Iraqi and Syrian Armies Prepare for Offensives Against Two IS Cities

Major operations are underway to retake cities taken by the Islamic State (IS), one in Iraq and one in Syria. After losing the city of Palmyra to IS roughly a year ago, the Syrian Army, backed by Russian airstrikes, draws closer to the city. At the same time the Iraqi army is set to start its offensive against IS in Mosul.

Palmyra was the first city IS had taken directly from Syrian regime and allied forces, Reuters reported. While the city served as a major moral victory for the terrorist organization, it also serves as a strategic point along its area of control. The city provides IS with incredible strategic mobility, as Palmyra links the IS to its stronghold in Raqqa and parts of northern Iraq.

IS would also be losing a great deal of revenue they were making off of relics from the historic city. As IS destroys historic artifacts and relics, they increase the value of the few they sell. The black market artifact trade under Islamic State is allegedly worth around $1 billion. With airstrikes targeting IS oil fields, the group would be losing a potentially vital part of its revenue stream.

While the Syrian army is occupied with Palmyra, the Iraqi army will be beginning a multiple month operation to take back Mosul. The Iraqi army was able to recapture the city of Ramadi late last year, and continue to push IS back.

Before beginning its offensive to liberate Mosul, the Iraqi army, along with U.S. marines, are first going to push to take back oil fields near Makhmur. The Iraqi army may be trying to encircle to city while also gaining an opportunity to further damage IS’s financial operations.

While the Iraqi and U.S. led operation to claim territory outside of the city, U.S. airstrikes will target the city itself. The U.S. has led an airstrike campaign against Mosul in the past, but with the Iraqi army announcing its operation to take back the city, the number of airstrikes will likely increase.

On Sunday, March 20, 2016, it was reported a detachment of the Marine Expeditionary Force (MEF) was deployed to Iraq to protect Iraqi security forces retaking oil fields. The Marines, along with the U.S. advisors in Iraq, will be able to provide a great deal of support against IS, and hopefully can increase the chances of reclaiming Mosul.

While the recent advances by the Iraqi military and arrival of U.S. Marines will be beneficial to the fight against IS, reclaiming Mosul will still take months if not over a year to reclaim. Mosul is Iraq’s second largest city, and it sits at roughly the same size as Philadelphia. Within Mosul lived 2 million people before IS occupied the city.

Mosul was also had the potential to be a massive area for recruitment as the population is primarily Sunni-Arab, the main demographic that IS pulls from. The sheer size of the city coupled with the potential amount of IS supporters within its boundaries will pose a massive roadblock to Iraqi and U.S. forces.

IS was able to capture Mosul in 2014, and Iraqi forces have come nowhere near reclaiming the city. Mosul lies in northern Iraq, and it serves as an important trade point as several major highways run right through the city. The city also sits along the Tigris river, which opens up the option for trade by water. In terms of resources, Mosul sits on top of pipelines that lead to Turkey that IS has used for revenue purposes.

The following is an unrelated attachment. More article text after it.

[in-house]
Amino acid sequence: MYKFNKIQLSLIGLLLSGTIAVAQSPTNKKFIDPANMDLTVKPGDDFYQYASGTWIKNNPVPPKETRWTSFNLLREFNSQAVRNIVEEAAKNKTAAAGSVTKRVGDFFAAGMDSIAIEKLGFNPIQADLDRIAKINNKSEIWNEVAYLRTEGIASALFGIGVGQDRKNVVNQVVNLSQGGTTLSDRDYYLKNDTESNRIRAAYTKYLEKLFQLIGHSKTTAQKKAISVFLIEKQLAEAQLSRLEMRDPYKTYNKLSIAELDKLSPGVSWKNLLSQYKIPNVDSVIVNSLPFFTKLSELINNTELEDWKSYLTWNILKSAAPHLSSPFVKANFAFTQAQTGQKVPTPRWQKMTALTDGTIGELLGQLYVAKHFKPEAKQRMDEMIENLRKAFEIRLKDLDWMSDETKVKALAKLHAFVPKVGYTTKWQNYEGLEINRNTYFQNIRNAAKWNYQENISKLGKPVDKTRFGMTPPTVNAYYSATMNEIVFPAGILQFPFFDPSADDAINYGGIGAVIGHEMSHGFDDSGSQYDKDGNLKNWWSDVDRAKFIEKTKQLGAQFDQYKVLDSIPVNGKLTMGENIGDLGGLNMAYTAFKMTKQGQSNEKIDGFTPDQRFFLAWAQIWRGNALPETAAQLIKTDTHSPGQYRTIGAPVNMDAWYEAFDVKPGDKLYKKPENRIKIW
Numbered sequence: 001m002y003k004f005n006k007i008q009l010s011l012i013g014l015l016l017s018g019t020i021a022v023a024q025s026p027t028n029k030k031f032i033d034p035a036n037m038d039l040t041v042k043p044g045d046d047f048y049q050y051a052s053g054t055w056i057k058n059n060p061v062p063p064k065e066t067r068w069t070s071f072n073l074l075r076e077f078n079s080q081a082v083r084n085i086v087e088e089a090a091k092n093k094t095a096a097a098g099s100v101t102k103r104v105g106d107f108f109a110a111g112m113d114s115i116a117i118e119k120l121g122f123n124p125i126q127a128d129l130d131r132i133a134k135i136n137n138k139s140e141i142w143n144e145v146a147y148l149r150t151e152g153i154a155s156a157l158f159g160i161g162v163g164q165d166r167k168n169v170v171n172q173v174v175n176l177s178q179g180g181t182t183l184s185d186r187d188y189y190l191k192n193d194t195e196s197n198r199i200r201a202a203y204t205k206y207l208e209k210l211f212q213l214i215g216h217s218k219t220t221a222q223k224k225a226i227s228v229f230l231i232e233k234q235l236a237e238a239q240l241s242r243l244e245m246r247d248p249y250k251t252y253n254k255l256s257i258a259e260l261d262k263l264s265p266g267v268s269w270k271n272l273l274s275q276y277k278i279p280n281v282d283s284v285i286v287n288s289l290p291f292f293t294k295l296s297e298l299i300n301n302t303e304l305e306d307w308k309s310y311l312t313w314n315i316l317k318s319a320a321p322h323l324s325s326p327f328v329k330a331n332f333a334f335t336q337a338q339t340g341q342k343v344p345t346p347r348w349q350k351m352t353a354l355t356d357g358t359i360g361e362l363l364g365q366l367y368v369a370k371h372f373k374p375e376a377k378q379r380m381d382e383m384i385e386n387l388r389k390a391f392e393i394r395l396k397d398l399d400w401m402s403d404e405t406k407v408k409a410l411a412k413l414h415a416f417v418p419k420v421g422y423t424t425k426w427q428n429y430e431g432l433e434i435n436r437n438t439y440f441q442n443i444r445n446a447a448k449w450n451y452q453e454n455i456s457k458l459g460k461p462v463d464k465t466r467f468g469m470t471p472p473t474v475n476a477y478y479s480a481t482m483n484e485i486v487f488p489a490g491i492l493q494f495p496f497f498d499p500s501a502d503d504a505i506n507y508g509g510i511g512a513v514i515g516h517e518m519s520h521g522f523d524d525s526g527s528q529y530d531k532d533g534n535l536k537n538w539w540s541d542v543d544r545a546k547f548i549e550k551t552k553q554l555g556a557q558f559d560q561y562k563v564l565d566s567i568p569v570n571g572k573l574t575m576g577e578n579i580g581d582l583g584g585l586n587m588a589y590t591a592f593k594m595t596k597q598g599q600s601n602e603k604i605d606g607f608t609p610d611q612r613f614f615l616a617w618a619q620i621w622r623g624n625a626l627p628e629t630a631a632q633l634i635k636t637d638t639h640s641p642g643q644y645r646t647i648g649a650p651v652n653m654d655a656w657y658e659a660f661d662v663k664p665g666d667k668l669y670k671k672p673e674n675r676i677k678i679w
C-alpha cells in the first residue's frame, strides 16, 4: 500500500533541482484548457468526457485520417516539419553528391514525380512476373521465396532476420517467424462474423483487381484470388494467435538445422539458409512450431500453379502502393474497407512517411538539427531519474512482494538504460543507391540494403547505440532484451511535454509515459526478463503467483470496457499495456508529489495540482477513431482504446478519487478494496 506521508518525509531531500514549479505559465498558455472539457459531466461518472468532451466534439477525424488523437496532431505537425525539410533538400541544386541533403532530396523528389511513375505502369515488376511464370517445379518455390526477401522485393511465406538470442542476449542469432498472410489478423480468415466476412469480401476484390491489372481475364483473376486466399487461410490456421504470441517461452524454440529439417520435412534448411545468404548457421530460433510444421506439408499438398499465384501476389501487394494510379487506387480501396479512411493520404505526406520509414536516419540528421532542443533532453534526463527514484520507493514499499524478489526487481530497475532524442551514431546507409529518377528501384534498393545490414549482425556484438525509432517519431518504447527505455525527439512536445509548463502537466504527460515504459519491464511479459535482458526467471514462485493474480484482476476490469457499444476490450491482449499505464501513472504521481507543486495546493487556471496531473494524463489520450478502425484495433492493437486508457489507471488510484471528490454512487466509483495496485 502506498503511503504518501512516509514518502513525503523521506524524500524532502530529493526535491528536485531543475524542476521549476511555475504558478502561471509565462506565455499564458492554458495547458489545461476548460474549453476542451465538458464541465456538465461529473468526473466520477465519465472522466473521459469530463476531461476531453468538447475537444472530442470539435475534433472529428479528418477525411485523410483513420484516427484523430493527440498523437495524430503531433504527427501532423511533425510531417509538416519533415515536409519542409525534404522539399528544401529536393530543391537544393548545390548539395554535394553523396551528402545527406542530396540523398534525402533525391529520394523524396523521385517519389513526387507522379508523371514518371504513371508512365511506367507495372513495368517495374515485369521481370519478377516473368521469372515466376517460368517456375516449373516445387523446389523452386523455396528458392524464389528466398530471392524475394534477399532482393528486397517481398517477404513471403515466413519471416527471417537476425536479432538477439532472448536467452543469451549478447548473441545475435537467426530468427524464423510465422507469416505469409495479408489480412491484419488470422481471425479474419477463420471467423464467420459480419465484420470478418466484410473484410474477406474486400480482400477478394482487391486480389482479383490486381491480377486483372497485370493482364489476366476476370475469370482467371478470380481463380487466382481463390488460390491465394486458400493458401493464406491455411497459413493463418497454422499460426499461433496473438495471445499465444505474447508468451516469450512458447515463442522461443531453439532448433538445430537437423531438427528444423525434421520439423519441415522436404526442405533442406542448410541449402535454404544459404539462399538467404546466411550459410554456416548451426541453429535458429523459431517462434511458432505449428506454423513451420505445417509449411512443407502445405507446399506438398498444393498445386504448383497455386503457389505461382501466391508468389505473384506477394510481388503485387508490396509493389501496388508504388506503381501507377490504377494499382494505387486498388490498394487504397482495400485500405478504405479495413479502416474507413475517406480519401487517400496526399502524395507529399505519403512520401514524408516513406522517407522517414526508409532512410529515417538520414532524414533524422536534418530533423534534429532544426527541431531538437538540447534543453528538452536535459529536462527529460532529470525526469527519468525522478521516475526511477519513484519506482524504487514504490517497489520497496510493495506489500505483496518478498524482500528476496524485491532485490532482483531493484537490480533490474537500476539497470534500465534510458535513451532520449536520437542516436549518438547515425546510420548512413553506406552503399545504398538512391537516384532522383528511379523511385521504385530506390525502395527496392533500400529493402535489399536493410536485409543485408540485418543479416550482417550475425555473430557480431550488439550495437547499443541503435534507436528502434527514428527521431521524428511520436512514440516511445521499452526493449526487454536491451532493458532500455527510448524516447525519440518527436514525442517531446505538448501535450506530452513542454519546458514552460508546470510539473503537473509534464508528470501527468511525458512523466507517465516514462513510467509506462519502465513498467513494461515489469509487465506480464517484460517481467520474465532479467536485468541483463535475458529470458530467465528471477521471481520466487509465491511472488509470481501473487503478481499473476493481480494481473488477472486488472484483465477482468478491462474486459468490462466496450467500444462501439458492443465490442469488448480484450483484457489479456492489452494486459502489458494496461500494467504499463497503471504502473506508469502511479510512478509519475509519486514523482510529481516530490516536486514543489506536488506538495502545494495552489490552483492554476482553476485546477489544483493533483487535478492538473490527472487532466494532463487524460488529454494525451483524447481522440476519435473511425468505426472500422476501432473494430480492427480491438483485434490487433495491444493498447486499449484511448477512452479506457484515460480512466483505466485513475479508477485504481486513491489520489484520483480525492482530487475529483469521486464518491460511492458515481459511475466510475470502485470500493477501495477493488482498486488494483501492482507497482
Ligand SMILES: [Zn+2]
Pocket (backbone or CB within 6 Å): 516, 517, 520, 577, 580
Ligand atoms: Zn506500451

The fight for Mosul will be further complicated by the forces who seek to liberate the city. Kurdish forces have pledged their support to retake the city and have been able to reclaim territory in the North, East, and West of the city. However, it is yet to be seen if they will be able to cooperate with any of the Shiite militias that support the Iraqi government, as neither side is especially fond of the other.

Even if Mosul is liberated, there is the question of what will happen to the predominantly Sunni population. The Sunnis have been enemies of both the Kurds and Shiites, and their liberation from IS may just turn into an occupation by Shiite or Kurdish forces.

A U.S. military spokesman stated that IS may have lost up to 40% of its territory in Iraq and roughly 20% in Syria. With Syrian forces focusing less heavily on opposition forces, they may be able to take even more territory back from IS in the near future.

The U.S. spokesman mentioned that IS massive territory loss was in part due to the group reaching its maximum expansion. IS forces may have been stretched too thin, that they were unable to provide adequate defense towards the areas which they have lost. As Iraqi and Syrian forces close in on IS, the tougher reclaiming territory will be. Iraqi forces can expect a long campaign to reclaim Mosul, and it may take even longer to reclaim Raqqa.

While IS has been losing ground in both countries, they have continued to launch attacks inside Baghdad and Damascus. In late February of this year IS killed 122 people in Damascus with several car bombs and suicide attacks. In Baghdad, IS has been active over the past several weeks, launching numerous attacks on civilians and Iraqi military personnel.

Even with IS losing territory in Iraq and Syria, they still have stronghold throughout the world. IS is growing presence within north and west Africa, and their Libyan branch looks to pose a credible threat to neighboring countries.

The loss of Palmyra would be a major strategic and financial blow to IS. However, the fight against IS in Mosul will take substantially longer. As IS continues to lose ground in Syria and Iraq they their fighters around their strongholds in the two countries making reclamation of these cities even more difficult. However, there is also the probability that fighters will move to other countries like Libya.